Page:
g-force_addict wrote:Now that turbos are coming back
Can we discus the pros and cons of air compression by the piston vs turbo turbine?
Which is more energy efficient compressing air?
Can we also compare temperature after compressing?
Do turbo Miller cycle provides the best of both worlds?
Compression ratio (CR), turbo charger effects and their relation to efficiency are very different as they operate on different principles.
CR extracts more energy from a given air-fuel mass, a turbo charger allows you to force more air mass (and so oxygen) and therefore input more fuel mass (due to increased oxygen) into the finite space of the cylinder before being compressed then would be possible using normal aspiration.
It might be interesting to figure our what you actually mean by "more energy efficient"??
As Tommy has rightly pointed out, turbo charger efficiency is limited by its design in so much as it is a small, single-stage radial-flow or centrifugal compressor. However, turbos within the operating parameters that they are typically asked to work in can be made very efficient as long as you understand their operating limits.
Using higher CR's in a naturally aspirated engine is more efficient as it allows more mechanical energy to be derived from any particular mass of air-fuel drawn into the cylinder due to its higher thermal efficiency. 15:1 is more efficient than 10:1 even when considering the pumping losses of the extra force needed to compress the air-fuel mass. This higher efficiency is achieved due to the higher CR's permitting the same combustion temperature to be reached with less fuel, while giving a longer expansion cycle, creating more mechanical power output and lowering the exhaust temperature. For increased power, the a richer, more power oriented air/fuel mass ratio is used, higher combustion temperatures can be achieved and more energy is captured over the longer expansion cycle. The downside is high CR's will however eventually result in detonation from pre-ignition or self ignition of the air-fuel mass prior to optimum ignition slightly BTDC. That is why high compression engines typically require high octane quality fuels.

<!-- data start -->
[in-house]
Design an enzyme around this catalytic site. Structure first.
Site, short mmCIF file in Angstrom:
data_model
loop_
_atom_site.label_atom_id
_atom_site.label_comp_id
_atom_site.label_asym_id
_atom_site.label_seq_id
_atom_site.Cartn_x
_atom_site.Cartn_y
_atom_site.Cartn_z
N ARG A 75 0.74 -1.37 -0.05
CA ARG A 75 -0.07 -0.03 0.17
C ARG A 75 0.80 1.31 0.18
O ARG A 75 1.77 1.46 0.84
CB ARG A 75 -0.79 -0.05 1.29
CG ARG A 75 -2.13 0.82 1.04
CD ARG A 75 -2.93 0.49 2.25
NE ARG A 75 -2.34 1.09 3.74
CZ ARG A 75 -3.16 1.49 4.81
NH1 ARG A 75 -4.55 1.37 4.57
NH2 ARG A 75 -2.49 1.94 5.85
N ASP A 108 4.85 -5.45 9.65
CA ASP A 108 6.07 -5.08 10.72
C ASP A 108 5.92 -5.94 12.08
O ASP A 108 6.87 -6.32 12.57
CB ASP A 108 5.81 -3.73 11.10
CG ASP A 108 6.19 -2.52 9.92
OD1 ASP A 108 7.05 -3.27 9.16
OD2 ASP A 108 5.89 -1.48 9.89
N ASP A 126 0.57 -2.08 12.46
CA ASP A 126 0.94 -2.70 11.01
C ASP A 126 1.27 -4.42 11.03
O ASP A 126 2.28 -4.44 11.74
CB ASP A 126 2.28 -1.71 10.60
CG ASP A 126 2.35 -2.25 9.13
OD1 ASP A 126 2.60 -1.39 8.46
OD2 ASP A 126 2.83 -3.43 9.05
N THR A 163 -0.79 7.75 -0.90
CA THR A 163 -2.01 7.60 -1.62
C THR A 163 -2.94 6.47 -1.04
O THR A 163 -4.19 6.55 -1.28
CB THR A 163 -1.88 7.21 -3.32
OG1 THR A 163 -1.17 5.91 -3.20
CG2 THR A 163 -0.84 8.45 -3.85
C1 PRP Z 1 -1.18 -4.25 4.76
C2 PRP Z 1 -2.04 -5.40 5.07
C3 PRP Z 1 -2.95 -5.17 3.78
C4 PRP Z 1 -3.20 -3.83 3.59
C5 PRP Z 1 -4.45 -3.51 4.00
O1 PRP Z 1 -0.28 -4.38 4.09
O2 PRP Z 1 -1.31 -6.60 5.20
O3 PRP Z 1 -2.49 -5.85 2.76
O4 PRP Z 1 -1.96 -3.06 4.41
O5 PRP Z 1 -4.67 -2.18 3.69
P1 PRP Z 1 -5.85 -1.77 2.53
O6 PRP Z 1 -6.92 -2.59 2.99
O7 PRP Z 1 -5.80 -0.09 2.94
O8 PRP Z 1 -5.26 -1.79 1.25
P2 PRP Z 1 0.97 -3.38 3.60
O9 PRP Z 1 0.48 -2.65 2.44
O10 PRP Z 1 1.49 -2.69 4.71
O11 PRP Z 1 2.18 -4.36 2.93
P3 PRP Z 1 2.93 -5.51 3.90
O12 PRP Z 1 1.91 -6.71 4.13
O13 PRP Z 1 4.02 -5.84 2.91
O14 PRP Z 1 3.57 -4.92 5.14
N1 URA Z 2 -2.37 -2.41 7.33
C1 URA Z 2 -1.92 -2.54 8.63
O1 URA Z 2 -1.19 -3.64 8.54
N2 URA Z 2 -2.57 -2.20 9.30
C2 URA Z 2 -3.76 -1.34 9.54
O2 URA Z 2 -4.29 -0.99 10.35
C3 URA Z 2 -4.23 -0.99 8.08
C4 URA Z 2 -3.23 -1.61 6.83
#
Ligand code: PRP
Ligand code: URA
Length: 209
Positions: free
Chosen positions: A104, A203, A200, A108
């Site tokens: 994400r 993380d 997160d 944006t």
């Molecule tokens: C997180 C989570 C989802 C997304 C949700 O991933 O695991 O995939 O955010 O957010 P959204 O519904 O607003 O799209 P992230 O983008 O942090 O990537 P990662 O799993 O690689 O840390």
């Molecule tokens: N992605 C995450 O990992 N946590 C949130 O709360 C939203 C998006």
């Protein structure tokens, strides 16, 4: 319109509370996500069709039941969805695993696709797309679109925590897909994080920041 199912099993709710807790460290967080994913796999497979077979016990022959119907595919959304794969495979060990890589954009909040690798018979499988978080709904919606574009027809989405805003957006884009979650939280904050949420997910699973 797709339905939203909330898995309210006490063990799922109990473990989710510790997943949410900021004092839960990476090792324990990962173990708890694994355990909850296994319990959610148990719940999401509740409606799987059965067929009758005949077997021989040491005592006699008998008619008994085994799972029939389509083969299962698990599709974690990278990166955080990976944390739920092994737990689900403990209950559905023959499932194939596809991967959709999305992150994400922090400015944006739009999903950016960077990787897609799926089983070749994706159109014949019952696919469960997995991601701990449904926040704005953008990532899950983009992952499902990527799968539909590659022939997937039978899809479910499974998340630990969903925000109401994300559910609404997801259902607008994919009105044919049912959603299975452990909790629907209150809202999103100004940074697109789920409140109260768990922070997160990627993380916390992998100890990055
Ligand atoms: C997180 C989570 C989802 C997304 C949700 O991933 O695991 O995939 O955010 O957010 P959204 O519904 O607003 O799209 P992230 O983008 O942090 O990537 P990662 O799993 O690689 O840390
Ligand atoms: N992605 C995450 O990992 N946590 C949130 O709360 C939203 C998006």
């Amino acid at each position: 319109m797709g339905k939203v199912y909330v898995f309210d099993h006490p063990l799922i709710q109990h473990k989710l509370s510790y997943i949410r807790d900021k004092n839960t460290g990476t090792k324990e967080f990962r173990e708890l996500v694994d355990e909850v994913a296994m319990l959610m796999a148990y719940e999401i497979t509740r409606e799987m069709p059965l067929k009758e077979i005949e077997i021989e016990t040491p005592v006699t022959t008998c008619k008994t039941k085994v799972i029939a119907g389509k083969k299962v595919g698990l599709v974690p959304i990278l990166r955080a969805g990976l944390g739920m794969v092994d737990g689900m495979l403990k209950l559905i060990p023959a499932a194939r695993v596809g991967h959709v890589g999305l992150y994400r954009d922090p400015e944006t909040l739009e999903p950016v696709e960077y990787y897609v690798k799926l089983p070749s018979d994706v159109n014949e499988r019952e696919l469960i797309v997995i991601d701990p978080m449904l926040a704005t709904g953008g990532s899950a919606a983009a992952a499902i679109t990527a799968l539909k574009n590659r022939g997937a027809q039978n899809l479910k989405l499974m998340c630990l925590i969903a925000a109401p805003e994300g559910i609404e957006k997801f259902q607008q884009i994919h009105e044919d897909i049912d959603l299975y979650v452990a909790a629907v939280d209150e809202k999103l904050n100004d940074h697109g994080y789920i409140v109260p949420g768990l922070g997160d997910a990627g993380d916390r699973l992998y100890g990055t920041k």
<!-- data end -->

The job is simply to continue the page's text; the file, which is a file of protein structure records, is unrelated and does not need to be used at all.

In simplest terms, a turbo operates by recovering energy (primarily heat but also kinetic in smaller amounts) from the exhaust gases that would be otherwise lost to compress and force extra air mass into the cylinder above atmospheric pressure that would be normally possible from natural aspiration. In this regard it is efficient in so much as it uses energy that would be otherwise lost and present little or negligible restriction to the efficiency of the engine to which it is attached. You do however pay a weight, packaging and complexity penalty when using a turbo. Typically the weight and packaging is somewhat offset by a smaller engine capacity/design so complexity and reliability are the typical penalty paid.
Turbo engines typically also run lower compression ratio's than naturally aspirated engines so there is always a trade off of maximum boost pressure vs. compression ratio.
Miller cycle engines typically uses a positive displacement (Roots) type supercharger not a turbo-charger and as such come with a cost of 10%+ power loss due to parasitic drag required to drive the supercharger. I am not sure how a turbo would fair under the reversion effects of a Miller cycle engine from having the intake charge forced back into the inlet tract. I've not seen or heard of it done but it could be possible if the turbo could be made to last under the constant strain of the pressure reversions from the Miller cycle. It is not uncommon for turbos to fail from pressure wave reversions caused during throttle closing events which stall the compressor and place huge loads on the shaft and the thrust or steel/ceramic ball bearing cores in the CHRA. Sometimes this is called compressor surge (which it isn't) and results in the strange whooshing noise the WRC cars were famous for (aside from the anit-lag pop, pop, bang) as the pressure wave hit the compressor and the air was "chopped up" by the individual blades. This is usually overcome with a "blow off valve" that vents excess pressure before it has a chance to slow or stall the compressor. WRC cars simply replace the turbos as often as needed to prevent in stage failure. Worst case if allowed to continue it can fatigue the compressor blades and cause them to fail, breaking them off or bending them to where they impact the compressor housing which effectively destroys the turbo.
The new Borg Warner EFR turbo's run on the Indy cars have a pressure relief valve integrated into the compressor housing to help with packaging, reduce complexity, shorten the air path back to the turbo, remove the need for the BOV to vent to atmosphere and the need for a separate BOV unit.
To work out temps after compression would need a few static values to make them relative, however to my mind the more important figure is temperature after combustion which is related to air-fuel mass which the turbo charge engine provides with greater efficiency.